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  • Dr. Steven Taylor

The Right Stuff

What are the characteristics of people who cope well under self-isolation? In the past few years this issue has been of great interest in selecting astronauts for long-haul space missions, such as the planned missions to Mars. Research shows that both astronauts and COVID-19 self-isolators tend to cope better with isolation and confinement if they possess the following characteristics:

· Emotional stability, as indicated, for example, by an absence of pre-existing emotional problems.

· Openness to new experiences.

· Optimism that the challenges will be overcome.

· Hardiness. This involves a commitment to a task, where the person focuses on doing things that provide a sense of control, and regards stressors not at threats but as challenges to be overcome.

· Introversion and a low need for social support. Social support is generally beneficial for well-being, but under conditions of isolation, the people with a low need to be around other people tend to cope particularly well.

Not everyone possesses these characteristics, but people can improve their hardiness. Learning new ways of coping can improve your hardiness, thereby making life under lockdown a more tolerable experience. Cognitive-behavior therapy, which is available in online formats, can help people improve their hardiness. The goal is to make lockdown more tolerable. But you shouldn’t like your lockdown too much.

The Problem with Loving your Lockdown

There’s a downside to making your living conditions more tolerable during lockdown. If you create a very pleasant living space, you may be more likely to remain isolated once COVID-19 has passed. Advances in technology have made it increasingly easier for people to withdraw into their homes. There are trends—even before COVID-19—for people to increasingly work from home, to watch movies at home instead of going to the cinema, to shop online instead of going to stores, and to use home delivery food services instead of going to restaurants. Homes have increasingly become cocoons of safety, comfort, and pleasure.

Severe social withdrawal, lasting 6 months or longer, is called hikikomori. It was once regarded as a syndrome limited to Japan but has become increasingly recognized in other countries. People with hikikomori are typically adolescents and young adults, many of whom spend long hours surfing the Internet and playing online games. COVID-19 is likely to increase the prevalence of hikikomori, as shy, introverted, health-anxious people retreat from a coronavirus contaminated outside world to the safety of their rooms or apartments.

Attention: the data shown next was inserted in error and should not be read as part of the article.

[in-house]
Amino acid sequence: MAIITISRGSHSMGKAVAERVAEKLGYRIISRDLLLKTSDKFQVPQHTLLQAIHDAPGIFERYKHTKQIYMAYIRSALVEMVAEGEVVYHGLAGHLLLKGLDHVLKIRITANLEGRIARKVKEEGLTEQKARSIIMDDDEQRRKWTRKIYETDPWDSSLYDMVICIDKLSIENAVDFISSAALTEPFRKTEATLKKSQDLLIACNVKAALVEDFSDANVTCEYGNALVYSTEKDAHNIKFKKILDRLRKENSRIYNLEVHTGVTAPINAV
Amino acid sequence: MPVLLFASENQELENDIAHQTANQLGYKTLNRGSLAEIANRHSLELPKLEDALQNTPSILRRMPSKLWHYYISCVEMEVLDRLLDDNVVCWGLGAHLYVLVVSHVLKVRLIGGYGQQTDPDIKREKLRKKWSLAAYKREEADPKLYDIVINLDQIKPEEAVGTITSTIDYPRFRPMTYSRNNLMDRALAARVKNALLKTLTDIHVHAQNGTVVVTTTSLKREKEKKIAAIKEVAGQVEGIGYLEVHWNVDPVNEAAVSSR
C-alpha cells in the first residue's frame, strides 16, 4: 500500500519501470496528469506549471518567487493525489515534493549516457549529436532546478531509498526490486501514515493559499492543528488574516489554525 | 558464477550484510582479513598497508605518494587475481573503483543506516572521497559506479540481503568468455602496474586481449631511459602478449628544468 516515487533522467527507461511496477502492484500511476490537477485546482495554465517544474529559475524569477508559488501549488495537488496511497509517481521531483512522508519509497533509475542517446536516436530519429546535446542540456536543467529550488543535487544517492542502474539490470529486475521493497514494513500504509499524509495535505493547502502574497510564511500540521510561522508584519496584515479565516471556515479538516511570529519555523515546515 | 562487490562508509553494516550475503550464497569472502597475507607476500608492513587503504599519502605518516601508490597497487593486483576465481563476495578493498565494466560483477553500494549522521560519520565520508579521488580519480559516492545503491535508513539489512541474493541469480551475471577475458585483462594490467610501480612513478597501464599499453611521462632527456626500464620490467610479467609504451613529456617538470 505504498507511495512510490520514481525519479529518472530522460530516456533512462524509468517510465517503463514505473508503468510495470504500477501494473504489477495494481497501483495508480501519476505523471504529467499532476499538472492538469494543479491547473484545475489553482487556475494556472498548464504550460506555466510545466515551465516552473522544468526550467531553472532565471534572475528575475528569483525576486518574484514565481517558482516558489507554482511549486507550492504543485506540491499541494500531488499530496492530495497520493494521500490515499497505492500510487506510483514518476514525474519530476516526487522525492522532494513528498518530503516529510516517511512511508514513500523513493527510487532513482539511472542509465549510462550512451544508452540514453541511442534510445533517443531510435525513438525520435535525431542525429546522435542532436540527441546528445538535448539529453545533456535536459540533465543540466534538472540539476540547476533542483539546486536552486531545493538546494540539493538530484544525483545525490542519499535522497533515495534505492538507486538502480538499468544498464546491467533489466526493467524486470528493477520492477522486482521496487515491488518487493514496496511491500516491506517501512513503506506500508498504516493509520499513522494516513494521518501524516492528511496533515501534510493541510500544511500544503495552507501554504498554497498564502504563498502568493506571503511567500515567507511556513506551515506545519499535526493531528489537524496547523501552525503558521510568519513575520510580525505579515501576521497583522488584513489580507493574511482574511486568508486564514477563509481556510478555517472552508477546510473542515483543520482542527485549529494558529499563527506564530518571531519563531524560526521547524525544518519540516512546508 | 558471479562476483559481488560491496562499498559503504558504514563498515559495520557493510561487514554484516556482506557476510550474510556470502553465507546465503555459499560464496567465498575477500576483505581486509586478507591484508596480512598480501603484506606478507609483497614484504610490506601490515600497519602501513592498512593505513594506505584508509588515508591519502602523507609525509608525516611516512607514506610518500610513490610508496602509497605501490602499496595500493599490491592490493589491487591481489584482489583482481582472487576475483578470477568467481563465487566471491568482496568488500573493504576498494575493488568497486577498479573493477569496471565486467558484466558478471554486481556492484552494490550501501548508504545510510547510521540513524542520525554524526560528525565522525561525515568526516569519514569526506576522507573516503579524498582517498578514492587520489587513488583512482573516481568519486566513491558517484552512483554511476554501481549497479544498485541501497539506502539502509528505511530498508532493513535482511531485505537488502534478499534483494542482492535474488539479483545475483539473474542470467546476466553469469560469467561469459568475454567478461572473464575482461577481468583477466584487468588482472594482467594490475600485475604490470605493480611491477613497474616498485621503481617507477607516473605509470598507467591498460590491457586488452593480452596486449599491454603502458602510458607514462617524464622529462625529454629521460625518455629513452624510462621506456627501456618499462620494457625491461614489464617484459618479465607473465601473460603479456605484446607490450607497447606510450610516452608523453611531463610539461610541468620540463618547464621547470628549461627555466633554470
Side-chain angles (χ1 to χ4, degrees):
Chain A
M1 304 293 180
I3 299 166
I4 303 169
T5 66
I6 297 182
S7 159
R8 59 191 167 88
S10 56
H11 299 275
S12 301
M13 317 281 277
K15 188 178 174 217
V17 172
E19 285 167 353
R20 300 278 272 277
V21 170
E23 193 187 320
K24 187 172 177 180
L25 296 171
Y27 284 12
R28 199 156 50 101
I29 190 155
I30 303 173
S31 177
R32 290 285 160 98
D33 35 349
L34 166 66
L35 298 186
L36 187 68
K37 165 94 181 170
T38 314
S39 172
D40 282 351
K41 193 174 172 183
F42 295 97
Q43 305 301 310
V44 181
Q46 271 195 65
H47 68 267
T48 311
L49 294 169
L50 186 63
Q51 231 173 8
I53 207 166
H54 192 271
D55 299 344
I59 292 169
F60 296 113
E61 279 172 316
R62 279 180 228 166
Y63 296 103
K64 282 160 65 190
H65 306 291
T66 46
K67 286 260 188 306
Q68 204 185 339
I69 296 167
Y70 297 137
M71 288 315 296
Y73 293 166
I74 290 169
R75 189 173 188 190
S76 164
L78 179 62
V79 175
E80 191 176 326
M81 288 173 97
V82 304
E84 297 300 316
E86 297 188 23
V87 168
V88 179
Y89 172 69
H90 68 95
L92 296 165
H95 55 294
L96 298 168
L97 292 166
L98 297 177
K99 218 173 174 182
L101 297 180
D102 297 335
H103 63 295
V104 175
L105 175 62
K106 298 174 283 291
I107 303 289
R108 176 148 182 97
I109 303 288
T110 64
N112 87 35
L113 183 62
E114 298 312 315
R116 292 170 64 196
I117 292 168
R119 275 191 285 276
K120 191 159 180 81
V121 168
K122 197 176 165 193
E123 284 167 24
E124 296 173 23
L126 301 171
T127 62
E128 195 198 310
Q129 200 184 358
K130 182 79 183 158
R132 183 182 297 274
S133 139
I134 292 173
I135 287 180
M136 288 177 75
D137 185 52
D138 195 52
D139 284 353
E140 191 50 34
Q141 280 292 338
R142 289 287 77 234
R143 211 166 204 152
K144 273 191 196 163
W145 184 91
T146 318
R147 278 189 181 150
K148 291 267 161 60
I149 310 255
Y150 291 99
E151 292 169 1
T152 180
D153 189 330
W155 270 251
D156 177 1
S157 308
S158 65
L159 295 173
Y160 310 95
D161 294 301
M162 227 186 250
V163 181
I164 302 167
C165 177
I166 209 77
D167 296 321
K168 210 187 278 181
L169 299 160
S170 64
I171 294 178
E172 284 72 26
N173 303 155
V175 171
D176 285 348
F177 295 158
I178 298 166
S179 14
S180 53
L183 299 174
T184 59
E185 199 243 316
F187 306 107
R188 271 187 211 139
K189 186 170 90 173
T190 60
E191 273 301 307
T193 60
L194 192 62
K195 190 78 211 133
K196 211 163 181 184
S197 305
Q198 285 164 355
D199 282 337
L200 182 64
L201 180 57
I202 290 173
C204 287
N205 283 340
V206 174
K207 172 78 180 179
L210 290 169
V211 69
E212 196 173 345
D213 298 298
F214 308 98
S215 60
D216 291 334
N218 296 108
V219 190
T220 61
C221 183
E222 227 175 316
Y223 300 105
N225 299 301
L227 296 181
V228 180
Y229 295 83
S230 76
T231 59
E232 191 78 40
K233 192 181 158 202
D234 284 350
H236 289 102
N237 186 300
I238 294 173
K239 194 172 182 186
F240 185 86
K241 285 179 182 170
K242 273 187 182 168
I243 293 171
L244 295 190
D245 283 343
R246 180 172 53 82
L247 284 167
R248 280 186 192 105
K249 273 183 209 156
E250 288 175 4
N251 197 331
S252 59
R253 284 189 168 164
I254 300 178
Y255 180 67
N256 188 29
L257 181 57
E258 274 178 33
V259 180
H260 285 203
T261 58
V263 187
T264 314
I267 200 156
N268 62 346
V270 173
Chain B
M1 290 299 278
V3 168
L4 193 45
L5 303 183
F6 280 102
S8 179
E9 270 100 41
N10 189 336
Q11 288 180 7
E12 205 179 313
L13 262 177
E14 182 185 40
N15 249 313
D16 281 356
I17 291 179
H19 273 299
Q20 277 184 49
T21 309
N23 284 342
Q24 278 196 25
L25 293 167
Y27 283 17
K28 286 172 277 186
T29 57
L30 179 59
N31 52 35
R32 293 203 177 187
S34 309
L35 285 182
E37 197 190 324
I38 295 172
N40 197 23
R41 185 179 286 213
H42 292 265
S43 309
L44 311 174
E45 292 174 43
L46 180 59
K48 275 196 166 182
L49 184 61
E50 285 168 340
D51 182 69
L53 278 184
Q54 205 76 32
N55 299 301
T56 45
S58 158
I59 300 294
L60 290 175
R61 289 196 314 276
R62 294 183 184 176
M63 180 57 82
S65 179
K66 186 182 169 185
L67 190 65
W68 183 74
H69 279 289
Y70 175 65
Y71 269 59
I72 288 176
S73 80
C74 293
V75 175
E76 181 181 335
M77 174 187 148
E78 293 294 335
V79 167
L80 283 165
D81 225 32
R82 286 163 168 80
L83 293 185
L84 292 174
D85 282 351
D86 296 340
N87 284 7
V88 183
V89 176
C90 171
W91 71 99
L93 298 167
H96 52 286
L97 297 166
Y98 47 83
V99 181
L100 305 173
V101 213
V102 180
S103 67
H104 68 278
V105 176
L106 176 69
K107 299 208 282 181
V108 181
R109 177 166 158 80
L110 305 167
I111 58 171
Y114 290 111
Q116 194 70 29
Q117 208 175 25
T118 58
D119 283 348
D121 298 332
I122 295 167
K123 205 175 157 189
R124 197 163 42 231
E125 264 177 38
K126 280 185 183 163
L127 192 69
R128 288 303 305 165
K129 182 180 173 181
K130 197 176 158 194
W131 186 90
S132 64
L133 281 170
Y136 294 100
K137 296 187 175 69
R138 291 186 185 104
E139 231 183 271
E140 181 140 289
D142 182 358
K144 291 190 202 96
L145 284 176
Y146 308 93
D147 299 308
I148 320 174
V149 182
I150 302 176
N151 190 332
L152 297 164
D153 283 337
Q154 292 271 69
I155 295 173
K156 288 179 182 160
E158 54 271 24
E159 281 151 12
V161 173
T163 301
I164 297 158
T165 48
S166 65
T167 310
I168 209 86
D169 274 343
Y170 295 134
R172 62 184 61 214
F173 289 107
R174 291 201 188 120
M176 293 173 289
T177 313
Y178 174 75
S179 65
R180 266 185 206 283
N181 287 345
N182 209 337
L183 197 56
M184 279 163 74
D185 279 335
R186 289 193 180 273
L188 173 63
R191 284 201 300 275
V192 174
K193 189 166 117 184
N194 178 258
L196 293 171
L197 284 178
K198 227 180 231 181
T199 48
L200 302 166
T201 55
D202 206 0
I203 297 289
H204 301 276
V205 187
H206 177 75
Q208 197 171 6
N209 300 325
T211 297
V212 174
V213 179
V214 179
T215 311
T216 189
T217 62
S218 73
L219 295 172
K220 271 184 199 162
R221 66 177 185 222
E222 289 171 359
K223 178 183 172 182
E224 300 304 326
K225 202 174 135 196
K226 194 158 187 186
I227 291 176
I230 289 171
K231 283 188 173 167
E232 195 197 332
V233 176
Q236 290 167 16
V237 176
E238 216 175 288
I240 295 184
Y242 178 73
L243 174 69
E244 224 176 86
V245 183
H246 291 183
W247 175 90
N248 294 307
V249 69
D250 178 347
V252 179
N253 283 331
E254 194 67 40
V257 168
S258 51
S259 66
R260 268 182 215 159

A Portrait of a Post-Pandemic World

In a post-pandemic world, people will have experienced all kinds of losses, including the loss of friends and loved ones due to the coronavirus, the loss of jobs, the bankruptcy of businesses, and foreclosures on homes. Marriages and other relationships will have collapsed under the pressures of lockdown and mounting financial hardship. People will be wary about shaking hands or hugging one another, at least in the short term. An estimated 10% of people will develop severe psychological problems, such as mood disorders, anxiety disorders, or PTSD. These people would likely need help from a mental health professional.

But the news isn’t all bad. The research on resilience tells us that two-thirds of people will be resilient to the stresses of COVID-19. Some of these people will experience renewed purpose and meaning in their lives, through helping others during the pandemic.

There may be other, subtle, after-effects of COVID-19. Just like survivors of the Great Depression in the 1930s, some survivors of COVID-19 may become more frugal and self-sufficient, making sure to have a back-up supply of non-perishable foods and other supplies. Some people may become fastidious germaphobes. Some introverted people may become increasingly socially withdrawn, retreating into the germ-free safety of their homes. The more extraverted among us will be greatly relieved to burst out from lockdown. They will gleefully resume their busy social lives, and some might even sign up for voyages on cruise ships.

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Article in The Guardian

A shortened version of yesterday's blog was published today in The Guardian: https://www.theguardian.com/commentisfree/2020/apr/07/life-never-return-normal-coronavirus-shape-generation

©2020 by Dr. Steven Taylor.